pherank

J. D. Salinger: The Book, The Movie

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NY Times review by A. O. Scott:

http://movies.nytimes.com/2013/09/06/movies/salinger-a-documentary-by-shane-salerno.html

Mr. Salerno overplays his hand by making the war the key to nearly everything about Salinger, the primal wound that festers beneath the surface of his stories about young, rich, disaffected Americans. The idea that “Catcher” is a closet combat novel is provocative and not necessarily dismissible, but it needs to be argued with a sense of literary nuance, a sense of literature as something other than a message-delivery system, that is utterly missing here.

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Thank you for posting this, pherank. I have little knowledge of Salinger, sorry to say - I read Catcher in the Rye as assigned reading like everyone else, but it didn't spur me on to read more. I understand he was a hard man to get hold of and some fans seem to like naming their cats and children Zooey. Also something about Joyce Maynard. Opening the floor to more informed readers (and viewers of this movie), please speak up....

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Thank you for posting this, pherank. I have little knowledge of Salinger, sorry to say - I read Catcher in the Rye as assigned reading like everyone else, but it didn't spur me on to read more. I understand he was a hard man to get hold of and some fans seem to like naming their cats and children Zooey. Also something about Joyce Maynard. Opening the floor to more informed readers (and viewers of this movie), please speak up....

Hi Dirac, Catcher in the Rye is a downer, to be sure. ;)

I equate it, thematically, and in its cultural impact, to James Dean in Rebel Without a Cause, and perhaps to a lesser extent with Kerouac's On the Road. I do think that the book is going to be more 'appealing' to young men than young women. As director John Hughes once put it, “At that age, it often feels just as good to feel bad as it does to feel good.”

I personally was more intrigued and taken by Salinger's books that involve the Glass family. They are a group of fictional characters that, as Wikipedia describes it,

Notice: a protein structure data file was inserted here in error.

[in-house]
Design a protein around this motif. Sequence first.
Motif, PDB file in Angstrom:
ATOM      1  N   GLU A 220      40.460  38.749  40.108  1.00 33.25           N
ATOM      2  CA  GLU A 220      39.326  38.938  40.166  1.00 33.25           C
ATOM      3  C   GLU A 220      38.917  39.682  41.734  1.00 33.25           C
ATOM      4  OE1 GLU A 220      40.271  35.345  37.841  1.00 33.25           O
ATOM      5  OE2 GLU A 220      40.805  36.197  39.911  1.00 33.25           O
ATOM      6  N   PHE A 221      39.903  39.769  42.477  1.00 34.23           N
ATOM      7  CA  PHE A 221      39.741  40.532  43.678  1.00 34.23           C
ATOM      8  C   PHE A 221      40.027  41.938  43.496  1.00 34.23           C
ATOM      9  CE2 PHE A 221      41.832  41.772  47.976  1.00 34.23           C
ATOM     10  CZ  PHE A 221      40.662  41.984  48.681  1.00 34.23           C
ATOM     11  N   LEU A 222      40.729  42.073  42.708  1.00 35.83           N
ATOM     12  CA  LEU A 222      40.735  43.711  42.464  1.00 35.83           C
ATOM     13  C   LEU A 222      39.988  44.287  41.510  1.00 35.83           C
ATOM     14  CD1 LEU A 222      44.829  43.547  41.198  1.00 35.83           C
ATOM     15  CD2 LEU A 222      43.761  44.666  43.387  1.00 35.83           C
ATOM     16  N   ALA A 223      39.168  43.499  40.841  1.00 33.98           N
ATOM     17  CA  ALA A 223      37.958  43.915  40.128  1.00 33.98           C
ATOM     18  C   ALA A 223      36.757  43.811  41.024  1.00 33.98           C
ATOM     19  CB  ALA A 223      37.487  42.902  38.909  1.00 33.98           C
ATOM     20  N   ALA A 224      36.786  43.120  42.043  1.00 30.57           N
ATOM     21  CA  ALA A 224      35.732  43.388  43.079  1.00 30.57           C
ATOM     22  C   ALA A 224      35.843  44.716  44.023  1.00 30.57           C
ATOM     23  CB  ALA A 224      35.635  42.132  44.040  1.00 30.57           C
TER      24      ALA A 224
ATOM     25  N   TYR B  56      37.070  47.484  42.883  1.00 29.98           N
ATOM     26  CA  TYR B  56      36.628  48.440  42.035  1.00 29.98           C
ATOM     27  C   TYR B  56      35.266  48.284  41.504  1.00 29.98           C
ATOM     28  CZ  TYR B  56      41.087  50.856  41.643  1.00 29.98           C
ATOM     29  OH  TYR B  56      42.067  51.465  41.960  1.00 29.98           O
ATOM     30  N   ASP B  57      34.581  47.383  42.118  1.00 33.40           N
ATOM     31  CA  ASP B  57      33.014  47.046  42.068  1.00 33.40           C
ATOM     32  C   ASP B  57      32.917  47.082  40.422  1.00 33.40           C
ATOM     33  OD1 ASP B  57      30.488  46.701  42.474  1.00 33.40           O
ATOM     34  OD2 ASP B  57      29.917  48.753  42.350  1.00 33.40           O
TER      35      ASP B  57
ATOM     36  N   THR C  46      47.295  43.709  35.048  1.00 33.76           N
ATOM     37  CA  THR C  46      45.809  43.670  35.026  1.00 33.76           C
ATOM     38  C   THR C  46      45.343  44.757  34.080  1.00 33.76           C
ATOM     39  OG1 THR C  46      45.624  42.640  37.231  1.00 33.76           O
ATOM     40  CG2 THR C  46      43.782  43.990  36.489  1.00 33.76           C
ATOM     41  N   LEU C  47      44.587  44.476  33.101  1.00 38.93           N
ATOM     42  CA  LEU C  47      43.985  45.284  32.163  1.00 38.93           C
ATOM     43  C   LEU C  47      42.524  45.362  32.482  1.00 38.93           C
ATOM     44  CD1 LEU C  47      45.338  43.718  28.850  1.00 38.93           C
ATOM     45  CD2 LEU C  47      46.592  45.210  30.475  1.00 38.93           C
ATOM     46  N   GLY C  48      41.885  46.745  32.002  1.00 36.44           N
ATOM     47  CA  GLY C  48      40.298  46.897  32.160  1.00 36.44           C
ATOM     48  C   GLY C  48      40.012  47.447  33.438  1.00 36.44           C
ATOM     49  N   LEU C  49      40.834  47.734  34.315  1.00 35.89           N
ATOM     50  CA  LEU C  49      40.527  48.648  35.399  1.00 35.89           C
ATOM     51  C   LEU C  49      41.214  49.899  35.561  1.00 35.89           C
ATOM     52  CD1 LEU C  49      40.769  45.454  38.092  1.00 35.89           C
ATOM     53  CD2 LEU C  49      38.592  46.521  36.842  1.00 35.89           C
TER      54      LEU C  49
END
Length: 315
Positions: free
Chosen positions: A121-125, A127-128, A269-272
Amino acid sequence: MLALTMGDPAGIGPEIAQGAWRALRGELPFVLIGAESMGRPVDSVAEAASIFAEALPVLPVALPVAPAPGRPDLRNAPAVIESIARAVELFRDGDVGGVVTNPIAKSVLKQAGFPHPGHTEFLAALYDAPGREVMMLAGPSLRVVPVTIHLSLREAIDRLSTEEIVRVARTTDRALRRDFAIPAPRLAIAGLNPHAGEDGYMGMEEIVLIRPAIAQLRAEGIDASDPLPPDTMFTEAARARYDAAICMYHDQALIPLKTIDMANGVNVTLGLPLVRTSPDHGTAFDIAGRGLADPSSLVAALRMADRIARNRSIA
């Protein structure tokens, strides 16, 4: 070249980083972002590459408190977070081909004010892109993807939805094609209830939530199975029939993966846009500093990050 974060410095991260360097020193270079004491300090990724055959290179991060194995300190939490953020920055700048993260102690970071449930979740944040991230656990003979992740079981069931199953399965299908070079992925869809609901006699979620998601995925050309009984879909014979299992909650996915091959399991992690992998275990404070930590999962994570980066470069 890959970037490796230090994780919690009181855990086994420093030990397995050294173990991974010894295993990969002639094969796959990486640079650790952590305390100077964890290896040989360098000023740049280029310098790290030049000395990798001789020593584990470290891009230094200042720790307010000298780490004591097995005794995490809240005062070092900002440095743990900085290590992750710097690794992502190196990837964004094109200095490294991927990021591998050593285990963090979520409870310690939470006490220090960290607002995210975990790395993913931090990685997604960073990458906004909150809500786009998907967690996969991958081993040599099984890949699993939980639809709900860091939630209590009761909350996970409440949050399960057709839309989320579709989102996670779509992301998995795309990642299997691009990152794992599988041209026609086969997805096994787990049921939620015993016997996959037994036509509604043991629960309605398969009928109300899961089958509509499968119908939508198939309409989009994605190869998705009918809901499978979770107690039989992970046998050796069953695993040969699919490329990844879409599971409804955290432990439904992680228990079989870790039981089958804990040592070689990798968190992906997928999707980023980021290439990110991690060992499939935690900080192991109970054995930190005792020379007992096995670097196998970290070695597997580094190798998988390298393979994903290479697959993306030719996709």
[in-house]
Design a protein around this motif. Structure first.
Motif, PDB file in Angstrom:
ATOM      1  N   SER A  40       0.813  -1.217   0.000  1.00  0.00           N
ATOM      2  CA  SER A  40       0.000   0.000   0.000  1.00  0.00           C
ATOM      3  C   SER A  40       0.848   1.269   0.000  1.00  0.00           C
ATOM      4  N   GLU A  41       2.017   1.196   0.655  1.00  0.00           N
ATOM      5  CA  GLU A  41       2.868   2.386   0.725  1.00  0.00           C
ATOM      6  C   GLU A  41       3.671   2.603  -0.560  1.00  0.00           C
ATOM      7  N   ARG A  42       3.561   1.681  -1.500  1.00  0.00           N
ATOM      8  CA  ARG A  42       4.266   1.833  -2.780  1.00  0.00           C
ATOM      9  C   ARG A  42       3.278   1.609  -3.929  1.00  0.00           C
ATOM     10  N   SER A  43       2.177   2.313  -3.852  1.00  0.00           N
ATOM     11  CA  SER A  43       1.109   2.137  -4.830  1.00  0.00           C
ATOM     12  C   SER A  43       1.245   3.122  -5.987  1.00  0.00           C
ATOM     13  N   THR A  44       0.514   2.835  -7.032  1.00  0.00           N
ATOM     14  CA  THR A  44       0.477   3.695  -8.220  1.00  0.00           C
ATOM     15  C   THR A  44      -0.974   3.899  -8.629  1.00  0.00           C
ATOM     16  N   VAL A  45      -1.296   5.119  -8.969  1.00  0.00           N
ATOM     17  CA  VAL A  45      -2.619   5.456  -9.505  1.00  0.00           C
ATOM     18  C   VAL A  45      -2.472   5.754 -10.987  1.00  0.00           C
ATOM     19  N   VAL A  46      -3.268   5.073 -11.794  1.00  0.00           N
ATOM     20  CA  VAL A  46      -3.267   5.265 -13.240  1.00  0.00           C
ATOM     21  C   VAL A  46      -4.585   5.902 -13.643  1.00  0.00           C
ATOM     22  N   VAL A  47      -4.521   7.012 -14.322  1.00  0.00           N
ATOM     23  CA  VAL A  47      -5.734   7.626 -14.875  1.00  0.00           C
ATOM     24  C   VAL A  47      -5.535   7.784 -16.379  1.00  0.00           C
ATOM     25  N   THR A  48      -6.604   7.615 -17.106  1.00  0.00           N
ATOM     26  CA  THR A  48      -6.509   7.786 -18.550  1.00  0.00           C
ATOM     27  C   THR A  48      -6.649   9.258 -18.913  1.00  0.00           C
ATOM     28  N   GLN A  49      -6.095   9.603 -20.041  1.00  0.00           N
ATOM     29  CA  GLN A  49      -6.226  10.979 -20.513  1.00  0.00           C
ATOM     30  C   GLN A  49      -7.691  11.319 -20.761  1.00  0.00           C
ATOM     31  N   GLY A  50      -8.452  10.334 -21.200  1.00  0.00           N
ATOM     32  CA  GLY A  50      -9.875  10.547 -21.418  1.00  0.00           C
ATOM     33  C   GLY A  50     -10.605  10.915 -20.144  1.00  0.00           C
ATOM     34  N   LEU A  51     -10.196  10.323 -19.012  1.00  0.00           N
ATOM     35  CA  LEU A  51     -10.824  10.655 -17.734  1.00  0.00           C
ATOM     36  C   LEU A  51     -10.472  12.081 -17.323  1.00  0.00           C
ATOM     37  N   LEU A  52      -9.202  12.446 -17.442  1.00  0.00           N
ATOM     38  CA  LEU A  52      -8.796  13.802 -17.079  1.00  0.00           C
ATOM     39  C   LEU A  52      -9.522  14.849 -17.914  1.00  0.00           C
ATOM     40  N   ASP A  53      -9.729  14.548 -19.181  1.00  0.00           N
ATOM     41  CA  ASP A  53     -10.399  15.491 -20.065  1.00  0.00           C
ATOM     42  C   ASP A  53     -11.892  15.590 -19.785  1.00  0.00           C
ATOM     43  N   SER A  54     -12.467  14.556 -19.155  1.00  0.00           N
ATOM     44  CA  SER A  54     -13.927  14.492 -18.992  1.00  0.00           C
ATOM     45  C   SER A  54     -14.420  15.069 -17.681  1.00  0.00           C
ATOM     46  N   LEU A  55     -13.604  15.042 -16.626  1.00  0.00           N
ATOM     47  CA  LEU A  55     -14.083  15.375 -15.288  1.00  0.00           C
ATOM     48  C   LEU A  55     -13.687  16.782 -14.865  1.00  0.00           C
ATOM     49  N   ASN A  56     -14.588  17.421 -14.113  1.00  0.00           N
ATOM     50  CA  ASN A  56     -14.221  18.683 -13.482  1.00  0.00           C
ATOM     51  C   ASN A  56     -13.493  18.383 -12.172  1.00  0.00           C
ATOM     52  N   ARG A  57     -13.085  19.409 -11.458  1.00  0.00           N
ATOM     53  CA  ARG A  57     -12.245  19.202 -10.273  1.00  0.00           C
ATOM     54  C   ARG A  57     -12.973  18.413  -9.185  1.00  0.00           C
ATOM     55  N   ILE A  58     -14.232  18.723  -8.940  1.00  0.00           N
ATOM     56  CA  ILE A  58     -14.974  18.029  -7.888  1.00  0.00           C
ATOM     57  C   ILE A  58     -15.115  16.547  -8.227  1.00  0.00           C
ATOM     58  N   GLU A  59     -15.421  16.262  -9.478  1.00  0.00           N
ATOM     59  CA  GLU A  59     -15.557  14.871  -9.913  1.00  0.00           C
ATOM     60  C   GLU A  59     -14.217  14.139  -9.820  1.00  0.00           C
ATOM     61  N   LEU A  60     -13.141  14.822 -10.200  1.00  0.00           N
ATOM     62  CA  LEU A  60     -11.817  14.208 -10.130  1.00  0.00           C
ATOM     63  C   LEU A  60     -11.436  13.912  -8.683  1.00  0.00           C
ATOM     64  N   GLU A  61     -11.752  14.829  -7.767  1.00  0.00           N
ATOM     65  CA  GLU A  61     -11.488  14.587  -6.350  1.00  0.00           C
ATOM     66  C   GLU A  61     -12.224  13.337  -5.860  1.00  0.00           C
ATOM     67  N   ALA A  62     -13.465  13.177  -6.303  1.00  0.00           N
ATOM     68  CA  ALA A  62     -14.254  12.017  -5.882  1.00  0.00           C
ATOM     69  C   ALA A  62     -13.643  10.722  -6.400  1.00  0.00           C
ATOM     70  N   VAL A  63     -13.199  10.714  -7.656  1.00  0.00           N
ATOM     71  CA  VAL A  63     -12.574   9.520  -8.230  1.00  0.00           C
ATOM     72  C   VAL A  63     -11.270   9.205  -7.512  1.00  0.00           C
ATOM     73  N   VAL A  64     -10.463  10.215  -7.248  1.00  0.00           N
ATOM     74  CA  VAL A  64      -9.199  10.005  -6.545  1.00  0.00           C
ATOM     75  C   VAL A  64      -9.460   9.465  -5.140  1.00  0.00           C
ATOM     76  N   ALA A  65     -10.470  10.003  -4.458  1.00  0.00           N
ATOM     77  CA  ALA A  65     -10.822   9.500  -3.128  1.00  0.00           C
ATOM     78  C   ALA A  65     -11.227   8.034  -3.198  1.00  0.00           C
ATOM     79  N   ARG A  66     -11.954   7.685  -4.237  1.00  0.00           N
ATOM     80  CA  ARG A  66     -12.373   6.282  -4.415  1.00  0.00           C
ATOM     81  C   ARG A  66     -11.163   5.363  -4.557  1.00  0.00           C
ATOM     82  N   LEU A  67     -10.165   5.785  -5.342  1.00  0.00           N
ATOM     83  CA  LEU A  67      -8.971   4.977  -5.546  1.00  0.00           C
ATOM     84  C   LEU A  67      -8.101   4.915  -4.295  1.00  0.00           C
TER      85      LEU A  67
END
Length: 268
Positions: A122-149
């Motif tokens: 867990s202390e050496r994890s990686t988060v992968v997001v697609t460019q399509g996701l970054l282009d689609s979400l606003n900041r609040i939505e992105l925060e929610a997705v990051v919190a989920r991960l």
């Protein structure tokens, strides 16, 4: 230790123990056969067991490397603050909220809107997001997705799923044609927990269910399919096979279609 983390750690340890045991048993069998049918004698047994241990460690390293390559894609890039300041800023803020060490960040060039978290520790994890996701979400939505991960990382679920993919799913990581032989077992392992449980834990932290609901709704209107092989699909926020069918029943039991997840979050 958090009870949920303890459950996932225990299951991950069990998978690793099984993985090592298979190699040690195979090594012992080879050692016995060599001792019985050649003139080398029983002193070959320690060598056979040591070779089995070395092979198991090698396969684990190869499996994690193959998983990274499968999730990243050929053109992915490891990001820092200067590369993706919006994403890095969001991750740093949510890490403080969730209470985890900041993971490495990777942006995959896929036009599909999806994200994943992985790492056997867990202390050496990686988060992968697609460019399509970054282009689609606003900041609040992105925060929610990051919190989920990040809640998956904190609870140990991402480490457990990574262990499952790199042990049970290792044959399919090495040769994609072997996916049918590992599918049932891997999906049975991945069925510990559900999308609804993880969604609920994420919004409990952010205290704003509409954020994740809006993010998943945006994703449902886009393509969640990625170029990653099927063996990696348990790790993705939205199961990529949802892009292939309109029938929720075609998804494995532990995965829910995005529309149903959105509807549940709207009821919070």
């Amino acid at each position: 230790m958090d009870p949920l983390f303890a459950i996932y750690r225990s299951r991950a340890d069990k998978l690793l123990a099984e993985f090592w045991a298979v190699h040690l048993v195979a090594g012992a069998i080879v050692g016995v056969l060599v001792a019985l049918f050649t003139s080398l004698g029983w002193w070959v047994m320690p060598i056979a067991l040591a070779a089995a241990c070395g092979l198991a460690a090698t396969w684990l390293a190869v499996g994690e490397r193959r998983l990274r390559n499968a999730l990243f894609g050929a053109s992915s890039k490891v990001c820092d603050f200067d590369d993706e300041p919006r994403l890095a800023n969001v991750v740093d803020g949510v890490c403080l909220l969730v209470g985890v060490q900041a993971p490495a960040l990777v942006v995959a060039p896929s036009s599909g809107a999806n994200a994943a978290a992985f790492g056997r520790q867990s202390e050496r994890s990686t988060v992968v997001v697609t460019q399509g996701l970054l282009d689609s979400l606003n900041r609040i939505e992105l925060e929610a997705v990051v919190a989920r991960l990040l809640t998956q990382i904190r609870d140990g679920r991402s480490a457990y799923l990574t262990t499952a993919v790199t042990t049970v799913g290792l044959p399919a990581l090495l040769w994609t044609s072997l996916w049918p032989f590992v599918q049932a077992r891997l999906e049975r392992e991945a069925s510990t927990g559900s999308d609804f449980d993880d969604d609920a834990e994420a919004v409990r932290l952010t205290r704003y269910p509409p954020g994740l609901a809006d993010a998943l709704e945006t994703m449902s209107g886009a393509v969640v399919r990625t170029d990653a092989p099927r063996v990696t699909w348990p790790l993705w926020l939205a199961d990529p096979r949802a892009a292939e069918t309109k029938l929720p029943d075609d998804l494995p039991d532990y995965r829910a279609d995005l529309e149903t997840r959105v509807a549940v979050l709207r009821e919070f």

"are all precocious, and have all appeared on a fictional radio quiz show called It's a Wise Child, which has, according to the stories, sent all seven Glass children through college. From 1927 to 1943, at least one of the children appeared on the show, beginning with Seymour and Buddy. It is mentioned in Raise High the Roof Beam, Carpenters that each child appeared on the show under a pseudonym as the Black children. Seymour was known as Billy Black, and Walt was Georgie Black. The Glass family lives in New York City; all the children spent most of their childhood in an apartment on the Upper East Side."

Glass family members figure in the short story, "Hapworth 16, 1924", and the books Nine Stories, Raise High the Roof Beam, Carpenters, Seymour: An Introduction and Franny and Zooey.

I believe in Franny and Zooey one of the brothers gives out a list of recommended reading, and at the time I first read the book (maybe 18 years of age?), I was fascinated by the sophistication of the list. Much of it was beyond me, but fascinating nonetheless.

Wikipedia gives the plot summaries of Franny and Zooey to give you an idea of what things are like (and they are short in length):

http://en.wikipedia.org/wiki/Franny_and_Zooey

Part of what I found so intriguing was the juxtaposition of mid-century modern Americans, intellectual New Yorkers, grappling with Zen Buddhism and Hindu Advaita Vedanta concepts. Salinger gives us an intersting view of post-war America, in economic boom times, but also in a kind of spiritual malaise (shell-shocked from the war, as Salinger literally was). Those books have always 'resonated' with me. There is something oddly personal and interior about these writings. They remind me very much of the experience of stumbling upon a trunk of decades-old letters written by a family member or close friend. And the letters happen to reveal an entirely new perspective that you weren't aware of.

EDIT: And the exciting news for Salinger fans is that there are 5 unpublished works that are set for release beginning in 2015, I believe.

"One collection, to be called 'The Family Glass,' would add five new stories to an assembly of previously published stories about the fictional Glass family, which figured in Mr. Salinger’s 'Franny and Zooey' and elsewhere, according to the claims, which surfaced in interviews and previews of the documentary and book last week.

"Another would include a retooled version of a publicly known but unpublished tale, 'The Last and Best of the Peter Pans,' which is to be collected with new stories and existing work about the fictional Caulfields, including 'Catcher in the Rye.' The new works are said to include a story-filled “manual” of the Vedanta religious philosophy, with which Mr. Salinger was deeply involved; a novel set during World War II and based on his first marriage; and a novella modeled on his own war experiences."

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I just read Adam Kopnik's review of Salerno's book in The New Yorker. Kopnik is fairly convincing in his condemnation of it.

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um, do you mean Adam Gopnik?

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